dropped Thursday after two analysts cut their ratings on the Houston, Texas-based medical devices company.
Recently, the stock was down $1.59, or 7.9%, to $18.51.
Analysts at Lazard Group and Piper Jaffray said comments late Wednesday during a teleconference on financial guidance weren't encouraging about Cyberonics's bid to get government approval for its VNS Therapy device for treating depression. The device was rejected as a depression treatment last week by the Food and Drug Administration even though an FDA advisory panel, by a 5-2 vote in June, supported the company's application.
The VNS device, which is about the size of a pacemaker, is surgically implanted into a patient. It delivers mild electrical shocks to a nerve in the brain called the vagus nerve. VNS Therapy has been used in the U.S. for six years as a treatment for epileptic seizures. The device is approved for treating certain types of depression in Canada and in Europe. It also is used to treat epilepsy in those markets and in Australia.
But two analysts said Thursday that they feared Cyberonics would have to conduct additional expensive and time-consuming clinical tests to convince the FDA to change its mind.
Cyberonics said Wednesday it hoped that an informal appeal to the FDA would work; if that failed, then Cyberonics would make a formal appeal. The choice of last resort would be additional tests. The company said it would know by year-end if it would be required to conduct those tests.
More tests are "likely needed," said Alexander K. Arrow, of Lazard Group, in a Thursday research note as he cut his rating to sell from hold.
Arrow said Cyberonics shares have been propped up in recent weeks by investors' beliefs that the FDA might change its stance quickly or that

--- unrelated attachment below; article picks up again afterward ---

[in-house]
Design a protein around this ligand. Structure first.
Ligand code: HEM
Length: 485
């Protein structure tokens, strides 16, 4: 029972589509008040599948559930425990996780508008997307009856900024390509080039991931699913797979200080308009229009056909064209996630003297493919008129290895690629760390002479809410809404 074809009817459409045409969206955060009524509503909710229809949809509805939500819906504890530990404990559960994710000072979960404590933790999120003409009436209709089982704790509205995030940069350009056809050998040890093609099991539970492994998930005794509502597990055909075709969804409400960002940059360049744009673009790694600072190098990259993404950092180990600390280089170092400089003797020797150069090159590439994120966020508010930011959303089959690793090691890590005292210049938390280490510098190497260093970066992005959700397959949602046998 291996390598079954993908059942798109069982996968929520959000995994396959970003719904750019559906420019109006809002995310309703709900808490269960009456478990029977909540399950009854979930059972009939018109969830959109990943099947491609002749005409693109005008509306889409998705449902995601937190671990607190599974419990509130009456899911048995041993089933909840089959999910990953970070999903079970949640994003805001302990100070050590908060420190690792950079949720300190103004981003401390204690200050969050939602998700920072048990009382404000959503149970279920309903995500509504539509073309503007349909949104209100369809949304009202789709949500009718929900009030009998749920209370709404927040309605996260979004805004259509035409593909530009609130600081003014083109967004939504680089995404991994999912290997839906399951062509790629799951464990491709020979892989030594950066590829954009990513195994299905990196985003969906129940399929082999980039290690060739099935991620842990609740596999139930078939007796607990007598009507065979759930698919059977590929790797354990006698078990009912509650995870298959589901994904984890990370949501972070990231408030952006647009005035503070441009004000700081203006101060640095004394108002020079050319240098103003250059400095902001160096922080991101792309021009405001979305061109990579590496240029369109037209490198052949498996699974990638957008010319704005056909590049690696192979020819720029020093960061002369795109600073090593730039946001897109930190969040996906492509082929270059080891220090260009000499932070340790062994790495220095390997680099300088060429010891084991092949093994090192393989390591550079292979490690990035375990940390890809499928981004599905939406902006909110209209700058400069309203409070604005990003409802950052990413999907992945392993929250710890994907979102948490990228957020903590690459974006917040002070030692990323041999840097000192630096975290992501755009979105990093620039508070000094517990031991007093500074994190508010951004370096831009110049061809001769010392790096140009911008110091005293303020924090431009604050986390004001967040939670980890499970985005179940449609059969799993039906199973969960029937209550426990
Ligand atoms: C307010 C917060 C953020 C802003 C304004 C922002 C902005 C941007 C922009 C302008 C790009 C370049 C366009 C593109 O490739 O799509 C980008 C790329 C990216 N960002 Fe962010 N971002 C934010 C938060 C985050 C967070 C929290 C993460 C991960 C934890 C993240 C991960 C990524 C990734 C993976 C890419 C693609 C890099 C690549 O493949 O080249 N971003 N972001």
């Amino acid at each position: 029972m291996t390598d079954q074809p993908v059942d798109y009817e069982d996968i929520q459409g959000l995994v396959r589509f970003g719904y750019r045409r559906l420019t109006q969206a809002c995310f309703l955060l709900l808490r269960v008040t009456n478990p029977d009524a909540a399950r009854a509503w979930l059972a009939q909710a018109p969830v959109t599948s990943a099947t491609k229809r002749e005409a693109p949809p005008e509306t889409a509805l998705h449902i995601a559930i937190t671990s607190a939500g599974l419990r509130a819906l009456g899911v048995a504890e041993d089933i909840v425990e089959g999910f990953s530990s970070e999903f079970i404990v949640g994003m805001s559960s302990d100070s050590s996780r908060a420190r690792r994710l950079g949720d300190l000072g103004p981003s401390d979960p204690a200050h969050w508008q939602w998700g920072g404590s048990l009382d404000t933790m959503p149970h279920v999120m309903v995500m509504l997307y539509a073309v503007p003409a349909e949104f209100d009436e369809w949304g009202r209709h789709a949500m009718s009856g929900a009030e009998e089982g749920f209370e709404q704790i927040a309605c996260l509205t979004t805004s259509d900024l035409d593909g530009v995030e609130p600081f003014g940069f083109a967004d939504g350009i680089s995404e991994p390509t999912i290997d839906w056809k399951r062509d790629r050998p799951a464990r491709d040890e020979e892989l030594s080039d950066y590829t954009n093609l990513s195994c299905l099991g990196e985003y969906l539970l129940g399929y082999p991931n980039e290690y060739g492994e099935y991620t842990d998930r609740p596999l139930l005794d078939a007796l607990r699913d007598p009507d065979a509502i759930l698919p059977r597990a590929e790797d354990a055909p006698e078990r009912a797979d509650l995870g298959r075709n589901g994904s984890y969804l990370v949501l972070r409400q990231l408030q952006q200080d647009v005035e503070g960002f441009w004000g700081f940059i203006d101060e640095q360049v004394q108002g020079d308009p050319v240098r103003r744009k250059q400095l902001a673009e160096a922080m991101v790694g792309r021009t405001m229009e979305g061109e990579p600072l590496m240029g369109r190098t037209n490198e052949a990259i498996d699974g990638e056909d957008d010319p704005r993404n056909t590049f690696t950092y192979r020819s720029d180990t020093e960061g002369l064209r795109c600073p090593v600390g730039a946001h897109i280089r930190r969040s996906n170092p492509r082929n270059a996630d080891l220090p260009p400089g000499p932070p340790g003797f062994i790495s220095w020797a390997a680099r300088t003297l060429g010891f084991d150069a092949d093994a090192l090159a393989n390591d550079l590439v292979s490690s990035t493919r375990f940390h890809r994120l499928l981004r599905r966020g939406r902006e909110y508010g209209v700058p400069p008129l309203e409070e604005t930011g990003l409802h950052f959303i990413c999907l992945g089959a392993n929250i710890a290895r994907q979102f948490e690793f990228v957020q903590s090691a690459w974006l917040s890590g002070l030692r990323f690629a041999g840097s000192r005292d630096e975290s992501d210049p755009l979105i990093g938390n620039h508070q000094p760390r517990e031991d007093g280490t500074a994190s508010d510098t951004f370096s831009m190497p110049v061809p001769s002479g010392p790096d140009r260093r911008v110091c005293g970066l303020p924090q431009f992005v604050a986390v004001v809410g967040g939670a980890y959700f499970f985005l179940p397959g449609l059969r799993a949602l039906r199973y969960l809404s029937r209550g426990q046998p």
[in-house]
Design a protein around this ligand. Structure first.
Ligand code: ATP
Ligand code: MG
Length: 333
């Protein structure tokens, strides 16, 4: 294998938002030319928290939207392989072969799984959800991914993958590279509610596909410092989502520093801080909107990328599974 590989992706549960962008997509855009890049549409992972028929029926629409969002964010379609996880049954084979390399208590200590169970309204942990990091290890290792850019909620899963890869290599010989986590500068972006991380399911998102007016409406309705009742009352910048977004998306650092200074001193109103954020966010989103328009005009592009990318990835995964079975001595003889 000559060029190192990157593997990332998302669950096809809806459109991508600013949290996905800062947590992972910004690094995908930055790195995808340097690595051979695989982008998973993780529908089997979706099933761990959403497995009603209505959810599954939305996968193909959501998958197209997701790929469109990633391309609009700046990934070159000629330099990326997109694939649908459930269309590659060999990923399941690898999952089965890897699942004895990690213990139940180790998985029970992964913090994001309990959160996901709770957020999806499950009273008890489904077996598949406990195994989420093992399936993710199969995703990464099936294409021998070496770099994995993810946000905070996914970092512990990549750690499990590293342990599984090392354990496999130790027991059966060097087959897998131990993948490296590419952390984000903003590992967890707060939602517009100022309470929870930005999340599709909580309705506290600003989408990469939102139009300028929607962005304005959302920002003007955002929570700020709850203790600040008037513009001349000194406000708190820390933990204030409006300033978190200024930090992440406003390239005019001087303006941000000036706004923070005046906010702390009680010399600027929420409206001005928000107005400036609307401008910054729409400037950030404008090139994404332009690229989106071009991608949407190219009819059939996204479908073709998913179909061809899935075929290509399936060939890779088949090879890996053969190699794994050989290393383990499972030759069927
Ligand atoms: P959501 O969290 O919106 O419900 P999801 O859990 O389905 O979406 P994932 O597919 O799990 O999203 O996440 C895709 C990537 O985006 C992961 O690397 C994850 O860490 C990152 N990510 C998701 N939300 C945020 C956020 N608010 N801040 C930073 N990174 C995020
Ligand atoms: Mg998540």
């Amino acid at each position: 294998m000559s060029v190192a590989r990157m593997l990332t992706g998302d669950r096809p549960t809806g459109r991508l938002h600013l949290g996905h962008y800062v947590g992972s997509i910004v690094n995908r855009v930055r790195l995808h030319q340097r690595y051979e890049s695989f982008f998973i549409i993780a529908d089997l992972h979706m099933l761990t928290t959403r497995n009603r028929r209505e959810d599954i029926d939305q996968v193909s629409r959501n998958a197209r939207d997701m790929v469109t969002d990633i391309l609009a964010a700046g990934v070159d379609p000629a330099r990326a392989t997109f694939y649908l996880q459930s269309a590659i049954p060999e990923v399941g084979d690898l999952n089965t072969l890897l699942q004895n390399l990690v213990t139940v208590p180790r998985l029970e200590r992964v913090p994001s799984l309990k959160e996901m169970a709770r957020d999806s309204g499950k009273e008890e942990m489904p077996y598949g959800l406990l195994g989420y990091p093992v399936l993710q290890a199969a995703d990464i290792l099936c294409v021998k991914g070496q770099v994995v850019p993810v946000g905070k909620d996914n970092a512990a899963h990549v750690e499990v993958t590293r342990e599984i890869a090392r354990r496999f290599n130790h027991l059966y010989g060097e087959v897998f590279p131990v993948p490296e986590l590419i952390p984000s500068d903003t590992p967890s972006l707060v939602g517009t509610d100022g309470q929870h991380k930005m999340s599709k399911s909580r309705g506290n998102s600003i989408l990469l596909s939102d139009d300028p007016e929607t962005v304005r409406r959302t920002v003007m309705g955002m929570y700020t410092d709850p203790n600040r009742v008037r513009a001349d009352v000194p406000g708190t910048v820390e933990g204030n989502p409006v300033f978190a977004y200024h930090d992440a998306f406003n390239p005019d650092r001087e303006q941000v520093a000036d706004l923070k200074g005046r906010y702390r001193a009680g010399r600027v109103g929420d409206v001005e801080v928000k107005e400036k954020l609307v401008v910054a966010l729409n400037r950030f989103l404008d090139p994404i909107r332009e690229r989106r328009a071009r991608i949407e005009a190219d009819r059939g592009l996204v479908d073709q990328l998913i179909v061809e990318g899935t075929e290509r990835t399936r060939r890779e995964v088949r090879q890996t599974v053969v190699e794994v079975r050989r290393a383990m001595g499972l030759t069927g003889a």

Advanced Neuromodulation Systems
, of Plano, Texas, might do a deal with Cyberonics. Advanced Neuromodulation Systems makes and markets implantable devices to manage chronic pain and other disorders of the central nervous system. Last week, it said it had acquired 3.5 million shares, or 14.9%, of Cyberonics stock, adding that it was interested in acquiring or merging with its Houston rival. Cyberonics reiterated Wednesday that it isn't interested.
Those comments convinced Arrow that Cyberonics' stock will be heading downward to his price target of $14. (Arrow doesn't own shares; his firm is a market maker and it says it has provided investment banking services for Cyberonics.)
Thomas J. Gunderson, of Piper Jaffray, cut his rating to market perform from outperform. Gunderson described as "improbable" the prospects that informal negotiations would cause the FDA to change its stance. And given Cyberonics dismissal of a possible takeover attempt, Gunderson said "the upside for near-term appreciation in the stock price has been met," he told clients in a research report. (He doesn't own shares; his firm is a market maker in Cyberonics.)
Cyberonics said Wednesday it was cutting its originally projected loss of $9 million, or 38 cents a share, to $3.4 million, or 14 cents a share, for the second quarter, which ends Oct. 29. The sales projections remain the same at $25 million.